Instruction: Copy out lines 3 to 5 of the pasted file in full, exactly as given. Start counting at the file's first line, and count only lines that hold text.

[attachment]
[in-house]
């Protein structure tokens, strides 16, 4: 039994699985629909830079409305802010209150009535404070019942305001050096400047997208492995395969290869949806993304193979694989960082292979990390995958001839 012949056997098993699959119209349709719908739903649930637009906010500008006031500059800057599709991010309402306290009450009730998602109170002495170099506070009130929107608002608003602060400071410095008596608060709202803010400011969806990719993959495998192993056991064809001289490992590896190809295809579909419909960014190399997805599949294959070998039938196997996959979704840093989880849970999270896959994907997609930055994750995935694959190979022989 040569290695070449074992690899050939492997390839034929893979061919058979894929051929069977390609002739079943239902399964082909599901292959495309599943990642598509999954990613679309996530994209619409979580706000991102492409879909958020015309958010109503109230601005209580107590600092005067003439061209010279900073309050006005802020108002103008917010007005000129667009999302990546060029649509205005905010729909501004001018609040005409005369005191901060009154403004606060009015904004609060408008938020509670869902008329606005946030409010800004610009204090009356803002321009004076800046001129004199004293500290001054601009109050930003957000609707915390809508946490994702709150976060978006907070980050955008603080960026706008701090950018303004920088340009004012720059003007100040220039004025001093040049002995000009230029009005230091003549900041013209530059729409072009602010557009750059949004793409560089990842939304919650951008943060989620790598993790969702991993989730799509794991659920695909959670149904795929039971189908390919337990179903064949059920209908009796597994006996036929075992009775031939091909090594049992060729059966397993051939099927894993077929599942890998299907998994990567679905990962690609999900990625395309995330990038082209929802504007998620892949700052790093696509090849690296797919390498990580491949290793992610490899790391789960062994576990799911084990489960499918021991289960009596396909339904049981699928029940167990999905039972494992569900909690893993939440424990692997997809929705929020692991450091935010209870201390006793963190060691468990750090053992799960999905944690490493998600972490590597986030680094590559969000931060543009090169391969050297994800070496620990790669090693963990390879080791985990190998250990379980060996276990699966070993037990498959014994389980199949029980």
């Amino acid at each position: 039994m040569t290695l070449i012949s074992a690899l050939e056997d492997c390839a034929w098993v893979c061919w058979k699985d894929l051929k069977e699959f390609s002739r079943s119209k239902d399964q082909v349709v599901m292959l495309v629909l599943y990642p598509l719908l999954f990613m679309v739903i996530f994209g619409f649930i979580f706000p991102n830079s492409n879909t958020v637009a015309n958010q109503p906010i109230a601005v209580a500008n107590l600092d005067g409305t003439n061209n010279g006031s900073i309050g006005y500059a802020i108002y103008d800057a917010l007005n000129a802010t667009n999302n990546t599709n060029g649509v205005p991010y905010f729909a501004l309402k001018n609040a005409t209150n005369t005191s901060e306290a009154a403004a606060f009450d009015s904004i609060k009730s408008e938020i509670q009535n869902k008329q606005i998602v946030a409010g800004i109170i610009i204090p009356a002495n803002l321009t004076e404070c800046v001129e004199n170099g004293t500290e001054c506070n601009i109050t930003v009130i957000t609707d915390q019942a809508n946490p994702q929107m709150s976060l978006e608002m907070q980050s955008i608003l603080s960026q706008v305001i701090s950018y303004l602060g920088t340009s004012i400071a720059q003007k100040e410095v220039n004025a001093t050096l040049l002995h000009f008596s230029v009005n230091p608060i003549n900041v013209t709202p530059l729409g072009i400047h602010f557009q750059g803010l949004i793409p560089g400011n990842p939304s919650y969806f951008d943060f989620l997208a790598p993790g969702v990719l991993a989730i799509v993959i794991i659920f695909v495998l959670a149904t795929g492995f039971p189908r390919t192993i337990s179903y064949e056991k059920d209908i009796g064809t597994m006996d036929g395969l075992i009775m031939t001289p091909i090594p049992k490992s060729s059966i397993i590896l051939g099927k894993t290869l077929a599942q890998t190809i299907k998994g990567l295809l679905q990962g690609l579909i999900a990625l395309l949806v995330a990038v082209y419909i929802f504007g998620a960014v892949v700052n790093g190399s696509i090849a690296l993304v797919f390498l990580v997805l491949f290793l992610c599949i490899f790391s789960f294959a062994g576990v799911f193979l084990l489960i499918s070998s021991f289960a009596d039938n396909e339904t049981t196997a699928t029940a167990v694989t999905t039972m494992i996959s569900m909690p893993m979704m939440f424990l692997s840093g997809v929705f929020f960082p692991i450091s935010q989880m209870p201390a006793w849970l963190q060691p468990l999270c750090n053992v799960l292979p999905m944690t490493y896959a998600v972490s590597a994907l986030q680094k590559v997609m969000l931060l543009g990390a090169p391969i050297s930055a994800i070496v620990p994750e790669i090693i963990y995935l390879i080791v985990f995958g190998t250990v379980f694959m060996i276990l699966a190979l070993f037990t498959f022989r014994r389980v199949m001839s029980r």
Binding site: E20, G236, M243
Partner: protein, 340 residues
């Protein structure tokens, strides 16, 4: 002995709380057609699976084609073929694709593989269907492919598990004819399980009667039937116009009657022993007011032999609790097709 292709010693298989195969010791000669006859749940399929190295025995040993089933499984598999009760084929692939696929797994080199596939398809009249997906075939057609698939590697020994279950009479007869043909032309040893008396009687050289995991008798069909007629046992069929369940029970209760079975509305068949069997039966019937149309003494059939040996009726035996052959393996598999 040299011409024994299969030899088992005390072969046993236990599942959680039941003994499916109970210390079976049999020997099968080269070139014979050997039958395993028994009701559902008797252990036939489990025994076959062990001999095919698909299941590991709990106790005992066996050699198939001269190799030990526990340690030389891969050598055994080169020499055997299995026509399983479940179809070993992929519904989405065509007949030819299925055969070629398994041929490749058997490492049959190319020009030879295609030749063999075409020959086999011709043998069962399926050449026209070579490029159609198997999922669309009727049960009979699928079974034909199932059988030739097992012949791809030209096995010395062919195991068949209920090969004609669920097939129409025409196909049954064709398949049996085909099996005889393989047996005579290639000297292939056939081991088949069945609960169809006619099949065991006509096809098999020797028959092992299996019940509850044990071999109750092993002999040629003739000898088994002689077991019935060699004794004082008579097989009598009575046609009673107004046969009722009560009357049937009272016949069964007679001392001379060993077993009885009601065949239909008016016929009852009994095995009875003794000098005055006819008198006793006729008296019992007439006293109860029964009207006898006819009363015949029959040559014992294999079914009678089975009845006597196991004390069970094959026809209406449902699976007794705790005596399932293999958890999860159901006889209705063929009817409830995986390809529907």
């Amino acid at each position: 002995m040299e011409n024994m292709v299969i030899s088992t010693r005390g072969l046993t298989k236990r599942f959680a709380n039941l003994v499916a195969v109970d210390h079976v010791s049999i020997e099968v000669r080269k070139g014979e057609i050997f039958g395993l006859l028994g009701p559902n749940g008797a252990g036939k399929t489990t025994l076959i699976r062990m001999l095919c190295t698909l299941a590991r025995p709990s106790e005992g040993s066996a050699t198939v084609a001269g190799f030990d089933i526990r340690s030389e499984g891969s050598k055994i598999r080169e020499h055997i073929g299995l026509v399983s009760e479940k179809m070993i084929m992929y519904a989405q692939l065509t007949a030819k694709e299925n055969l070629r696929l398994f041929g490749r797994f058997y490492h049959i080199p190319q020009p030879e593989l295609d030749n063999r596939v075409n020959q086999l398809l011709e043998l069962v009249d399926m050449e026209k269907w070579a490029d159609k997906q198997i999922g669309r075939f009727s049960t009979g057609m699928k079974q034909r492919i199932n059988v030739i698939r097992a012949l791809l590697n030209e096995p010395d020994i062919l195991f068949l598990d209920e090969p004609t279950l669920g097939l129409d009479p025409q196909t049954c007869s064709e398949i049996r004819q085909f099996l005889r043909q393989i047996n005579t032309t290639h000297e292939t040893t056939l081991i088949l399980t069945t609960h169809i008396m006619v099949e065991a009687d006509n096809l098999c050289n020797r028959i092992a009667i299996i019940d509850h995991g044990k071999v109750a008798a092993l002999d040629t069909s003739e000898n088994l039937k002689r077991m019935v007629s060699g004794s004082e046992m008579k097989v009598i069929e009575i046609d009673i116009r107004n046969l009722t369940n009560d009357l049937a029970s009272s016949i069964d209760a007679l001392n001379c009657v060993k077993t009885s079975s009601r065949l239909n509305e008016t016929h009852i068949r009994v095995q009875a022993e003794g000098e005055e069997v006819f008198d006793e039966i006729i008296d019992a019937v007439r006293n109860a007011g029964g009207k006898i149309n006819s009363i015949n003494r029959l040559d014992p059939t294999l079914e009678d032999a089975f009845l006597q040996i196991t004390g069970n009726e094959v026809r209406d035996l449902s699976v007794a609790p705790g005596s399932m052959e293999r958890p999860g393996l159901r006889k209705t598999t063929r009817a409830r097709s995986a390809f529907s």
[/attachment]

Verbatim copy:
């Amino acid at each position: 039994m040569t290695l070449i012949s074992a690899l050939e056997d492997c390839a034929w098993v893979c061919w058979k699985d894929l051929k069977e699959f390609s002739r079943s119209k239902d399964q082909v349709v599901m292959l495309v629909l599943y990642p598509l719908l999954f990613m679309v739903i996530f994209g619409f649930i979580f706000p991102n830079s492409n879909t958020v637009a015309n958010q109503p906010i109230a601005v209580a500008n107590l600092d005067g409305t003439n061209n010279g006031s900073i309050g006005y500059a802020i108002y103008d800057a917010l007005n000129a802010t667009n999302n990546t599709n060029g649509v205005p991010y905010f729909a501004l309402k001018n609040a005409t209150n005369t005191s901060e306290a009154a403004a606060f009450d009015s904004i609060k009730s408008e938020i509670q009535n869902k008329q606005i998602v946030a409010g800004i109170i610009i204090p009356a002495n803002l321009t004076e404070c800046v001129e004199n170099g004293t500290e001054c506070n601009i109050t930003v009130i957000t609707d915390q019942a809508n946490p994702q929107m709150s976060l978006e608002m907070q980050s955008i608003l603080s960026q706008v305001i701090s950018y303004l602060g920088t340009s004012i400071a720059q003007k100040e410095v220039n004025a001093t050096l040049l002995h000009f008596s230029v009005n230091p608060i003549n900041v013209t709202p530059l729409g072009i400047h602010f557009q750059g803010l949004i793409p560089g400011n990842p939304s919650y969806f951008d943060f989620l997208a790598p993790g969702v990719l991993a989730i799509v993959i794991i659920f695909v495998l959670a149904t795929g492995f039971p189908r390919t192993i337990s179903y064949e056991k059920d209908i009796g064809t597994m006996d036929g395969l075992i009775m031939t001289p091909i090594p049992k490992s060729s059966i397993i590896l051939g099927k894993t290869l077929a599942q890998t190809i299907k998994g990567l295809l679905q990962g690609l579909i999900a990625l395309l949806v995330a990038v082209y419909i929802f504007g998620a960014v892949v700052n790093g190399s696509i090849a690296l993304v797919f390498l990580v997805l491949f290793l992610c599949i490899f790391s789960f294959a062994g576990v799911f193979l084990l489960i499918s070998s021991f289960a009596d039938n396909e339904t049981t196997a699928t029940a167990v694989t999905t039972m494992i996959s569900m909690p893993m979704m939440f424990l692997s840093g997809v929705f929020f960082p692991i450091s935010q989880m209870p201390a006793w849970l963190q060691p468990l999270c750090n053992v799960l292979p999905m944690t490493y896959a998600v972490s590597a994907l986030q680094k590559v997609m969000l931060l543009g990390a090169p391969i050297s930055a994800i070496v620990p994750e790669i090693i963990y995935l390879i080791v985990f995958g190998t250990v379980f694959m060996i276990l699966a190979l070993f037990t498959f022989r014994r389980v199949m001839s029980r």
Binding site: E20, G236, M243
Partner: protein, 340 residues